Bjørnstjerne Bjørnson

On a wife's death

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With death's dark eye acquainted she had been made ere this,
When to her son, her first-born, she gave the farewell kiss,
And when afar she hastened beside her mother's bed,
It followed all her faring with warning fraught and dread;
It filled her with foreboding when standing by the bier:
More sheaves to gather hopeth the harvester austere.
So soon she saw her husband, that man of strength, succumb,
She said with sorrow stricken: « I knew that it would come!"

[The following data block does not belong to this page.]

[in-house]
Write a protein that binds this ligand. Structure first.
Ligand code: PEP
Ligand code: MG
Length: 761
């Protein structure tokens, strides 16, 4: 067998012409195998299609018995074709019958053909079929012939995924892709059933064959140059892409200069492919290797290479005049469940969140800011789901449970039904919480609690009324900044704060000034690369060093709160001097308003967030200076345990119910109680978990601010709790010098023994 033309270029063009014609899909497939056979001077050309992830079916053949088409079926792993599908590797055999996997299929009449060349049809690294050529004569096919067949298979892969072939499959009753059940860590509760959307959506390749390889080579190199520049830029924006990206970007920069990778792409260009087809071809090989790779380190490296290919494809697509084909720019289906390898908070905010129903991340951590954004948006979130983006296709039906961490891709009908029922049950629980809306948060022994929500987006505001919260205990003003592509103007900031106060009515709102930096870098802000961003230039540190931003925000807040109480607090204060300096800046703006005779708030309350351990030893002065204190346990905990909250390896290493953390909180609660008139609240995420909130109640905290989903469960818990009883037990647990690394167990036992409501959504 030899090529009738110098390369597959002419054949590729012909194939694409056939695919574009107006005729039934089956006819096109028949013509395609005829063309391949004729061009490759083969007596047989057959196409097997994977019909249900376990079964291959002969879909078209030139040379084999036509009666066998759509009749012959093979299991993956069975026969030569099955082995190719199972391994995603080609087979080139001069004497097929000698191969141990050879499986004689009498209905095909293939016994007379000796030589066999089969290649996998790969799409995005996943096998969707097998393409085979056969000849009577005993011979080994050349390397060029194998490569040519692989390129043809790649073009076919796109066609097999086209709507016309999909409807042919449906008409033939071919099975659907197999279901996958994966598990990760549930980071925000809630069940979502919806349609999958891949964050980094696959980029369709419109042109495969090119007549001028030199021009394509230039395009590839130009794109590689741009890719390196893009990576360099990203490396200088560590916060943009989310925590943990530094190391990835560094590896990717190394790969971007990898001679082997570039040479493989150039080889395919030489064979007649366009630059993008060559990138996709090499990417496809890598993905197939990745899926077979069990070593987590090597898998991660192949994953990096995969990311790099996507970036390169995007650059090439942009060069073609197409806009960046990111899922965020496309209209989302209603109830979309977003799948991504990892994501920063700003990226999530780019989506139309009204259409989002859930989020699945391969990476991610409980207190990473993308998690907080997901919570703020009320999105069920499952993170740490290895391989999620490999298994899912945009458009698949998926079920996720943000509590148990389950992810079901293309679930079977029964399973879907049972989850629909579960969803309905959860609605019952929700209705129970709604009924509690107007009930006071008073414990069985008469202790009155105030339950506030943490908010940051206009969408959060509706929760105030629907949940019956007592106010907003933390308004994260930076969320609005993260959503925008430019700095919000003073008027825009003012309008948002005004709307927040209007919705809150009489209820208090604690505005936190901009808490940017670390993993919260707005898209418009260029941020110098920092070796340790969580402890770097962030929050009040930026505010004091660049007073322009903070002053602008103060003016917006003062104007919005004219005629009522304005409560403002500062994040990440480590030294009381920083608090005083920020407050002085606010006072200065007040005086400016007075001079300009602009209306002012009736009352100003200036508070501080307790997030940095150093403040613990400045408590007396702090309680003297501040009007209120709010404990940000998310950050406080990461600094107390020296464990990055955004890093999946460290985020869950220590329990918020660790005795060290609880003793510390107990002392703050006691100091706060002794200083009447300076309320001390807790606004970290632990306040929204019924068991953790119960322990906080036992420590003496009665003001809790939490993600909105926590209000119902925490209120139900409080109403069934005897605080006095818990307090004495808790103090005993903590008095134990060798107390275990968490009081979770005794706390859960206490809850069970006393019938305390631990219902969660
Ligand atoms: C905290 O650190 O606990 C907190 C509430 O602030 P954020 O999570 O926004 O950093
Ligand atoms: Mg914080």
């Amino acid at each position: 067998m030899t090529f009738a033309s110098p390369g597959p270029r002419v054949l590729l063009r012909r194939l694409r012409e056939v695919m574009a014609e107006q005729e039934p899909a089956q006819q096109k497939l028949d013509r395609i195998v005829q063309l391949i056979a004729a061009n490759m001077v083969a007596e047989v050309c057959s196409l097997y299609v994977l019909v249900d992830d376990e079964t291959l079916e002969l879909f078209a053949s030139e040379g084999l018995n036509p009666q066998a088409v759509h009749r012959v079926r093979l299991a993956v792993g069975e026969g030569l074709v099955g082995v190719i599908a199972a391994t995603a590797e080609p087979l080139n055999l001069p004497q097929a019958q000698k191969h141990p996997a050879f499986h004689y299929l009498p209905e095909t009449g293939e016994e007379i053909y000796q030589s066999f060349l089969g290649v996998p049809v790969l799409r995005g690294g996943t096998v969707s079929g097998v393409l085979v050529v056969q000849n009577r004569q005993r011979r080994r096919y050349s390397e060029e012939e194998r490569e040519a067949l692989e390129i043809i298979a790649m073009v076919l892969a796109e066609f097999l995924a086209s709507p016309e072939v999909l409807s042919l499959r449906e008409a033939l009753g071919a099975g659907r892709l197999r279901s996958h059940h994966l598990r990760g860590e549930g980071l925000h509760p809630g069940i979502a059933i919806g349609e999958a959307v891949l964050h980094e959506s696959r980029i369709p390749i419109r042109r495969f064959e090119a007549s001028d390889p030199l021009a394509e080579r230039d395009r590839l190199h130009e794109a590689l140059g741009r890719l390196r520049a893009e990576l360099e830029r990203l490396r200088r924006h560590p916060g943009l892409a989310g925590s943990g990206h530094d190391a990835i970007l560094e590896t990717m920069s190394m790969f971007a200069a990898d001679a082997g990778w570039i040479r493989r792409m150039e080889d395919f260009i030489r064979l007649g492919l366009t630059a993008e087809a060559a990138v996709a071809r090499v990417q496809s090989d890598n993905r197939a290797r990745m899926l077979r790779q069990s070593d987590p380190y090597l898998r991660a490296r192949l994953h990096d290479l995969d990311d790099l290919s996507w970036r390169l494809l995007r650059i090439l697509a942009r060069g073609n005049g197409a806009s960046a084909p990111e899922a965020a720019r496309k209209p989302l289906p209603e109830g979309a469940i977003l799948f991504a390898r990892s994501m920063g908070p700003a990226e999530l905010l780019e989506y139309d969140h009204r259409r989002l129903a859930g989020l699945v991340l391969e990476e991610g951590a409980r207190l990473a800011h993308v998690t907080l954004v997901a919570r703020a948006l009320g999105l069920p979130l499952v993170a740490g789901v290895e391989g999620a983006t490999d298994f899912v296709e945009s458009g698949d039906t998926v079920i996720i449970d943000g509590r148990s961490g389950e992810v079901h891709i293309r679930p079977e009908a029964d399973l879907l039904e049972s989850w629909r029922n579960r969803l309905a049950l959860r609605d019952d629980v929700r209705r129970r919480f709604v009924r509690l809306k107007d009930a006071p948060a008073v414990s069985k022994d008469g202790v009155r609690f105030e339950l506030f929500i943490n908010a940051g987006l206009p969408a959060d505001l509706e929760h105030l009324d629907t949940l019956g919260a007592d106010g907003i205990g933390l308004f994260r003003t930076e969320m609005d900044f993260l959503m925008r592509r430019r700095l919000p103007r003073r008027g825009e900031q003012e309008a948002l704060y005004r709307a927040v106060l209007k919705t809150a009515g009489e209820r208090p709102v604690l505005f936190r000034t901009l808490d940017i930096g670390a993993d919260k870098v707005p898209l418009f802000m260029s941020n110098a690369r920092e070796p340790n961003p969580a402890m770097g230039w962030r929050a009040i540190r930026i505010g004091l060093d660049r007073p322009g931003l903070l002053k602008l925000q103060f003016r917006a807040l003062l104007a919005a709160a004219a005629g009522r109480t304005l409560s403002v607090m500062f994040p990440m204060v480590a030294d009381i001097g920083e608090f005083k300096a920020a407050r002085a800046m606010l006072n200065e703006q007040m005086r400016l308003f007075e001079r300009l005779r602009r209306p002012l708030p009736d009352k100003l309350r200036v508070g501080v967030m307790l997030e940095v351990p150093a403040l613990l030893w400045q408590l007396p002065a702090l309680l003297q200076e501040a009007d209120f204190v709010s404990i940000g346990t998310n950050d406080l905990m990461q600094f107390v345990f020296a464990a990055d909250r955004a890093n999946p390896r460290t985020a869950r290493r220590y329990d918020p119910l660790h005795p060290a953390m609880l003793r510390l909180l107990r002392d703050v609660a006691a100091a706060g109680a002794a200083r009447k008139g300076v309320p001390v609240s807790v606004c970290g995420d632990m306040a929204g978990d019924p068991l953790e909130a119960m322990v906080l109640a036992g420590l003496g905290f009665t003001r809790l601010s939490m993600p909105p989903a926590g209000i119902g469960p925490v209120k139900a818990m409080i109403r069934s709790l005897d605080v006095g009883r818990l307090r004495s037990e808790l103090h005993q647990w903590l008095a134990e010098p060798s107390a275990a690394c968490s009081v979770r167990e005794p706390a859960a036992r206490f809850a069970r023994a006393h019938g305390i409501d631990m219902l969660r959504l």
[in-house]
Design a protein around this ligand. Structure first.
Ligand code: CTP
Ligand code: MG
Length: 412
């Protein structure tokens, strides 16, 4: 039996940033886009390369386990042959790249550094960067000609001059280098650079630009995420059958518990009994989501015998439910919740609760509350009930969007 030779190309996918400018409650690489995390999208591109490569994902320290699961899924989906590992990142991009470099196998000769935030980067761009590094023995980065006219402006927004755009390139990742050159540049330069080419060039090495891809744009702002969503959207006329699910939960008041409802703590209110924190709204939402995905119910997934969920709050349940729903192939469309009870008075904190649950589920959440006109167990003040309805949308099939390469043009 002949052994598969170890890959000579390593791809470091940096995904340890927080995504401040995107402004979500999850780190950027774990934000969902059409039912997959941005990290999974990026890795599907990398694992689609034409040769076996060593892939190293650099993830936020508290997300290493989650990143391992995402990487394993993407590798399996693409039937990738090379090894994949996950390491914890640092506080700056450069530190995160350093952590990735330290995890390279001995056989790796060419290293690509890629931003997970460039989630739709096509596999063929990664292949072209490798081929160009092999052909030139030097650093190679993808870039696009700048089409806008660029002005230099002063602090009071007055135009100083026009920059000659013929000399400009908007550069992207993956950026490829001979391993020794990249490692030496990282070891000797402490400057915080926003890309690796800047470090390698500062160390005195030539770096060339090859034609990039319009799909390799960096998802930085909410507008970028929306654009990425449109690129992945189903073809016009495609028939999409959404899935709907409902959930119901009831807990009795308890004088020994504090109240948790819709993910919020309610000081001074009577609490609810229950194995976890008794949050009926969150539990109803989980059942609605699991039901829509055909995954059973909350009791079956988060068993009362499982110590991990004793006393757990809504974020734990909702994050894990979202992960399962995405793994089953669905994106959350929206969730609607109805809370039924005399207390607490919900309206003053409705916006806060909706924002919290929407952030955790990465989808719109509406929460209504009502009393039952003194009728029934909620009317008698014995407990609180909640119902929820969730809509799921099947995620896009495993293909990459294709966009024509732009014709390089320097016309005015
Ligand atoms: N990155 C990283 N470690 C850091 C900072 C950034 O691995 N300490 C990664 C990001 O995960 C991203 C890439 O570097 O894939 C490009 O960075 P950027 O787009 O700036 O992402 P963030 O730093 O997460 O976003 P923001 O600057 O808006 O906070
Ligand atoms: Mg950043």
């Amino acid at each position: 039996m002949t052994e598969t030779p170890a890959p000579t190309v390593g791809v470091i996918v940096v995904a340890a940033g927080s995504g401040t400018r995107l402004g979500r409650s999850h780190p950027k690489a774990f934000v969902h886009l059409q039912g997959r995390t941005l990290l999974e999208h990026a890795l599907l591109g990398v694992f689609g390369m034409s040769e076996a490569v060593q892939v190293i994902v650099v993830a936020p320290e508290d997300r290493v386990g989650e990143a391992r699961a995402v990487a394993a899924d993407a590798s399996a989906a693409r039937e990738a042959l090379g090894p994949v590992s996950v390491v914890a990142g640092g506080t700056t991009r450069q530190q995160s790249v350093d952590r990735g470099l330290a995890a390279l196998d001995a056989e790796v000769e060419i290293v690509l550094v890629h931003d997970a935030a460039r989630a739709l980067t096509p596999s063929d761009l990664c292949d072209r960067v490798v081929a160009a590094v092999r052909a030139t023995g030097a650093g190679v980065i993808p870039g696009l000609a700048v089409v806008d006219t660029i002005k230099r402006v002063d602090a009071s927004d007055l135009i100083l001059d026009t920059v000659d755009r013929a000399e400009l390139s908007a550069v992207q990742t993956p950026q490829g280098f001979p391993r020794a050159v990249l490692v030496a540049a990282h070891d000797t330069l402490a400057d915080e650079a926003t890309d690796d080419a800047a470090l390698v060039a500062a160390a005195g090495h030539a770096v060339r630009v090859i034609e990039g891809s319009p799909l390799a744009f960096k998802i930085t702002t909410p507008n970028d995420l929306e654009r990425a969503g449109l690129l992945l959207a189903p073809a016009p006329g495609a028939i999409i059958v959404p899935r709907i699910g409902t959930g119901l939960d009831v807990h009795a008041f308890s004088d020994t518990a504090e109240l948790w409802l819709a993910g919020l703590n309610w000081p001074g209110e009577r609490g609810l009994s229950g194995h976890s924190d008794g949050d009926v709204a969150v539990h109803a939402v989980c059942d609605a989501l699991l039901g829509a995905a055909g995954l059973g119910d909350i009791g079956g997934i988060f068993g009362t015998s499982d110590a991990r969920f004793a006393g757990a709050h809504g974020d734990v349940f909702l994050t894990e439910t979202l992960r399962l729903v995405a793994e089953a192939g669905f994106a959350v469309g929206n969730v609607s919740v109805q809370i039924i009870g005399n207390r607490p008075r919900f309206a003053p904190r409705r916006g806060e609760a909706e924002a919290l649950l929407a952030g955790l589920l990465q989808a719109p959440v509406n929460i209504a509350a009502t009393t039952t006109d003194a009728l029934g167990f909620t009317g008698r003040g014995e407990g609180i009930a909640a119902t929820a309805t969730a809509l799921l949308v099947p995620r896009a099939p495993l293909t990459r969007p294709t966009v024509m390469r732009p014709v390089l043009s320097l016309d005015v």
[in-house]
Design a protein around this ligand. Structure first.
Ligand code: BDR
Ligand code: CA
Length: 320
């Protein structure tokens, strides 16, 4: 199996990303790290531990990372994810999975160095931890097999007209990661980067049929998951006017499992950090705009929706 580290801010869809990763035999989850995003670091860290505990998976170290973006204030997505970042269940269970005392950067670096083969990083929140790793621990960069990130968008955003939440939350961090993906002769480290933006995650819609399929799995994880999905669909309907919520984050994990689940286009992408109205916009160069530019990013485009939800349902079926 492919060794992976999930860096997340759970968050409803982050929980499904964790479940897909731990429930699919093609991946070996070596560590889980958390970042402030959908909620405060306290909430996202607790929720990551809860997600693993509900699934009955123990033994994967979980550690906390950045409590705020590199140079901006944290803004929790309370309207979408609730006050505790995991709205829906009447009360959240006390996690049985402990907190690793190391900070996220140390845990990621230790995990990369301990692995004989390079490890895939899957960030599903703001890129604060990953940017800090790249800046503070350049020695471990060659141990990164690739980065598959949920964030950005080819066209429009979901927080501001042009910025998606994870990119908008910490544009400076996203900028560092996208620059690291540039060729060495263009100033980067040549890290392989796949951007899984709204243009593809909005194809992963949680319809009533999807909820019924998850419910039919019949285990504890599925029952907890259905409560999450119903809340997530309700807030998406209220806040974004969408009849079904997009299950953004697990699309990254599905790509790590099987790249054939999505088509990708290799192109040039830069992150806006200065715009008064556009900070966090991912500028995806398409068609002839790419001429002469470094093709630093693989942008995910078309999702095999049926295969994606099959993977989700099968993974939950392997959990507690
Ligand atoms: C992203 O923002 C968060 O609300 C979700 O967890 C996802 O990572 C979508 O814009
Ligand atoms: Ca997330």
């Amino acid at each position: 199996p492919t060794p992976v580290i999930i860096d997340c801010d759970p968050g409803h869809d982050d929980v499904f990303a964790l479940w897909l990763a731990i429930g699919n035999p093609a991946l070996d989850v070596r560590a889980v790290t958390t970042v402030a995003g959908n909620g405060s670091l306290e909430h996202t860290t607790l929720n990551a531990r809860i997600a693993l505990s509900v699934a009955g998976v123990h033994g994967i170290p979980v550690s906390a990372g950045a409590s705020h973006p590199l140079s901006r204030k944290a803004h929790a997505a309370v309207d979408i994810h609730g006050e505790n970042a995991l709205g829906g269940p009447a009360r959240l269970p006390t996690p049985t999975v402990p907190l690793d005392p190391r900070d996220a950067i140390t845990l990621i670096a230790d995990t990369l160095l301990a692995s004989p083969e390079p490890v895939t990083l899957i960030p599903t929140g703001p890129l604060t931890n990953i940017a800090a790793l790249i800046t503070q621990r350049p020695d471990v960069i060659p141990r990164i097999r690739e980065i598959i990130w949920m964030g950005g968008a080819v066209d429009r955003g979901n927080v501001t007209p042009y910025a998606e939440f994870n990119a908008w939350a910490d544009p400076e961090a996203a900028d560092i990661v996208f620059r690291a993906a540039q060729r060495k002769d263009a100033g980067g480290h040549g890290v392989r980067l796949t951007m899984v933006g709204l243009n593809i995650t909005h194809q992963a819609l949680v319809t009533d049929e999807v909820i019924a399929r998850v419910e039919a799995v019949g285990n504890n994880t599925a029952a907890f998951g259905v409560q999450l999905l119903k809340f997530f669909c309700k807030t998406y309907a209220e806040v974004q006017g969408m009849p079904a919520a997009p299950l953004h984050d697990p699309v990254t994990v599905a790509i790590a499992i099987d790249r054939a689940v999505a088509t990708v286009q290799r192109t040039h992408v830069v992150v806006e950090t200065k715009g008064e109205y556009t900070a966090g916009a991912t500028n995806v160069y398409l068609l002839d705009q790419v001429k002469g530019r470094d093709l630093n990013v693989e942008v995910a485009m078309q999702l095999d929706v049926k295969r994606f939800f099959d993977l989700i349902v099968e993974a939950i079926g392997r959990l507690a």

She thought that he was chosen by God from earth to go,
Would check, her hands upthrusting, the harsh behest of woe;
And with her slender body, too weak for such a strife,
Would ward her gallant consort,--and gave for him her life.

She smiled, serene and blissful, as death's dark eye she braved;
Her sacrifice was given, her heart's proud hero saved.
Our love and admiration lifted a starry dome
Of happiness above her in life's last hour of gloam,
And snow-white pure she passed then to her eternal home.
Such tender love and holy to heaven's bounds can bear
The souls that it embraces in sacrifice and prayer.

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Bjørnstjerne Bjørnson